The Order to Show Cause originally came on before Judge Edward R. Neaher who denied plaintiff's request for a temporary restraining order when the Assistant United States Attorney representing the defendants apparently agreed that the RFP would not be cancelled pending a final decision by the Wage and Hour Division Administrator of the Department of Labor and a possible appeal to the Secretary of the Department of Labor. Such agreement allegedly expired on September 9th when the motion came on to be heard and a hearing on some of the issues was ordered by this Court. Such hearing not having been concluded on September 9th, this Court directed that there be an interim stay of any cancellation of the RFP pending the conclusion of such hearing and determination by this Court.
At the hearing held on September 9, 12 and 20, testimony was taken from Messrs. Daniel J. Shybunko and Anthony Osmeloski, president and vice president, respectively, of the plaintiff, of Mr. Robert H. Brown, lead system engineer of the U.S. Army Missile Command, and of Major William M. Whitten III, labor advisor to the Department of the Army, and several exhibits were marked in evidence. The government also filed affidavits in opposition to plaintiff's motion papers.
On or about June 28, 1973 the United States Army Missile Command at Redstone Arsenal issued a Request for Proposal (the "RFP") for 50 roller tracks which, as indicated above, are an essential and integral machine part of the NIKE-Hercules Missile Radar System.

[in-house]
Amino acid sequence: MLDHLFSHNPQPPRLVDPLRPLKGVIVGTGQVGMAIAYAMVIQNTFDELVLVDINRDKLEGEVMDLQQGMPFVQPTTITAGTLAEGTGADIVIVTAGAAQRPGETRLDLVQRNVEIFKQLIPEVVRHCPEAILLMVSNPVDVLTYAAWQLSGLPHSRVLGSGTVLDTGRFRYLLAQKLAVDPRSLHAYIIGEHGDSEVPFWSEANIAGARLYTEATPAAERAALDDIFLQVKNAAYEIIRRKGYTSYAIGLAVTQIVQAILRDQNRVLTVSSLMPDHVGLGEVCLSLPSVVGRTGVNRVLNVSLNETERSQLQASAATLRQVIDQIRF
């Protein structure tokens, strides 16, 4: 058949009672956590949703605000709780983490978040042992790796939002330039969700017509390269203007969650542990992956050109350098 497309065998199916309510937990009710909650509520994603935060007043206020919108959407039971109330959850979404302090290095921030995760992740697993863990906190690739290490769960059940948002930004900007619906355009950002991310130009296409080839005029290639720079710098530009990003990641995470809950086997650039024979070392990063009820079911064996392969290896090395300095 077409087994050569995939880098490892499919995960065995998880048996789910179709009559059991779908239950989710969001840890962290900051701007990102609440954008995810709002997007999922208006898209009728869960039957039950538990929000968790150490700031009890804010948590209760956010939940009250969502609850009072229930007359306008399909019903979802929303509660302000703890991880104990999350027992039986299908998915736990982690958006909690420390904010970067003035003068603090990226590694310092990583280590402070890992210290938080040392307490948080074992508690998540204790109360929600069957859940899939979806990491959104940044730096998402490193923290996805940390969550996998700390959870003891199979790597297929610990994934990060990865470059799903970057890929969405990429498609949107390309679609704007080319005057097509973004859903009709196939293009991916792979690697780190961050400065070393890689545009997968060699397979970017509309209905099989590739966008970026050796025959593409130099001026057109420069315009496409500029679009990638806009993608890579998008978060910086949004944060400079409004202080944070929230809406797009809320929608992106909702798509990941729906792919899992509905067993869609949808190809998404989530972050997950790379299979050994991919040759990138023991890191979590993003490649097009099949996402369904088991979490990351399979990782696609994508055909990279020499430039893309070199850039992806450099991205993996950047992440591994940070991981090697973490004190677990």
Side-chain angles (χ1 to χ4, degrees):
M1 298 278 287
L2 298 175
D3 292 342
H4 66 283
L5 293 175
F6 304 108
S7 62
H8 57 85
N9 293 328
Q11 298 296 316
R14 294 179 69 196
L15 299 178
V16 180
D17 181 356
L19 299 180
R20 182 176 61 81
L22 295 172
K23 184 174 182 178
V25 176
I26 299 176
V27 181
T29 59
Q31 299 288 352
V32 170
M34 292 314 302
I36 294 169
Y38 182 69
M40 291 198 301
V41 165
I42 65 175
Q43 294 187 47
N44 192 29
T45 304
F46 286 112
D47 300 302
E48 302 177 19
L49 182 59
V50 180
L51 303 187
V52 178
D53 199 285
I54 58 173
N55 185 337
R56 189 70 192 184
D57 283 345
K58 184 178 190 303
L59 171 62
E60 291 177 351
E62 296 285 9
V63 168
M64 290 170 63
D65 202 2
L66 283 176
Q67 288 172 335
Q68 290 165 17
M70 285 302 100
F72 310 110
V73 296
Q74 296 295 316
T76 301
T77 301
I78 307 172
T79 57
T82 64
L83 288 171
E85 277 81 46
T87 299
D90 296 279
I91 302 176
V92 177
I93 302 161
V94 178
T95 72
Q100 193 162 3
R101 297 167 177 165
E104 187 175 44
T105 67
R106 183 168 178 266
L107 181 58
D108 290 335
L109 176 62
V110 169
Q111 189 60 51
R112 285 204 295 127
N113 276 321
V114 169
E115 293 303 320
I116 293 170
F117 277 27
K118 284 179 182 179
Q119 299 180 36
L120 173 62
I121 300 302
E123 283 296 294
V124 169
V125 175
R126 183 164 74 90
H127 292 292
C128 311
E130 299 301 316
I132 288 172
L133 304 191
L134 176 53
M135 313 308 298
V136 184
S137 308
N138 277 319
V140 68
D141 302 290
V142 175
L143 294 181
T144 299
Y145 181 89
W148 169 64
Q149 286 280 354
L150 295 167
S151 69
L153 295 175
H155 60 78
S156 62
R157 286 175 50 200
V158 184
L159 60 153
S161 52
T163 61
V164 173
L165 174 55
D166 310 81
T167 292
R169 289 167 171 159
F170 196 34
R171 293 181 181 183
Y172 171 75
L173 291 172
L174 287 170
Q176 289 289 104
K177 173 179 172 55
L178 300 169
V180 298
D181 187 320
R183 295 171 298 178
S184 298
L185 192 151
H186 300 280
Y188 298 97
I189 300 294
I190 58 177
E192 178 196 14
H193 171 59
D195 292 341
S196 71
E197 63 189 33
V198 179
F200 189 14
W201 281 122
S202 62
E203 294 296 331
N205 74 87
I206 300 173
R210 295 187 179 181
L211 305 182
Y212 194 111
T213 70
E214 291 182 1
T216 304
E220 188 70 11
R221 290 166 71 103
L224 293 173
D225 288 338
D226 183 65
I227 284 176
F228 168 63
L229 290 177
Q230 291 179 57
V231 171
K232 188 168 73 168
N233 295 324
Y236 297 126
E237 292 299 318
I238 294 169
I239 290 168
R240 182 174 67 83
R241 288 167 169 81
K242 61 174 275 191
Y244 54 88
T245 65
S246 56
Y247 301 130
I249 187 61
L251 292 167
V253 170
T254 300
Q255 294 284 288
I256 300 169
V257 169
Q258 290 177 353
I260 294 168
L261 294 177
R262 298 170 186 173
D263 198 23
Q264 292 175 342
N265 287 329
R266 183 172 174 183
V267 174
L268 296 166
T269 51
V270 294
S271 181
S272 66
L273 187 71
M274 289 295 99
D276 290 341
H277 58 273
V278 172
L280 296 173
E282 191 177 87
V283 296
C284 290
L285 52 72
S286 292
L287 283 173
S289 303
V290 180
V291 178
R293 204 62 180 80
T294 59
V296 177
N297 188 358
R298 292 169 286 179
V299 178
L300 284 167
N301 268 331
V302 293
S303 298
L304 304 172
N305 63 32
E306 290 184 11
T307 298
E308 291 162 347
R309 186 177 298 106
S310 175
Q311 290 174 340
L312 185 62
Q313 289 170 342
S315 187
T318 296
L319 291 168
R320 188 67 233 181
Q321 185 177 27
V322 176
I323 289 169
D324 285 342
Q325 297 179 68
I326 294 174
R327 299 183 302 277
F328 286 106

In accordance with normal Army procedures and regulations, a team of technical experts of the Defense Supply Agency of the Defense Contract Administration Services Department (DCASD), one of whom was the aforesaid Mr. Brown, made an on-site visit to the plaintiff's plant on October 25, 1973 to determine its qualifications as a manufacturer within the meaning of the Walsh-Healey Act and ASPR 12-603.1.
These experts found (and indeed it does not appear to be disputed) that the plaintiff was not an established manufacturer of roller tracks. The experts further found that "equipment to produce the item does not exist at bidder's facility, that it does not have the capability to make certain necessary drill fixtures, or to manufacture the bid item, which is a product of a machine shop" and hence it did not "meet the requirements of a bidder newly entering the manufacturing of roller tracks of the type bid upon". (Slepian Report 30 October 1973.) Accordingly, the DCASD determined that the plaintiff was not qualified as a manufacturer within the meaning of the Walsh-Healey Public Contracts Act and ASPR 12-603.1. (id.)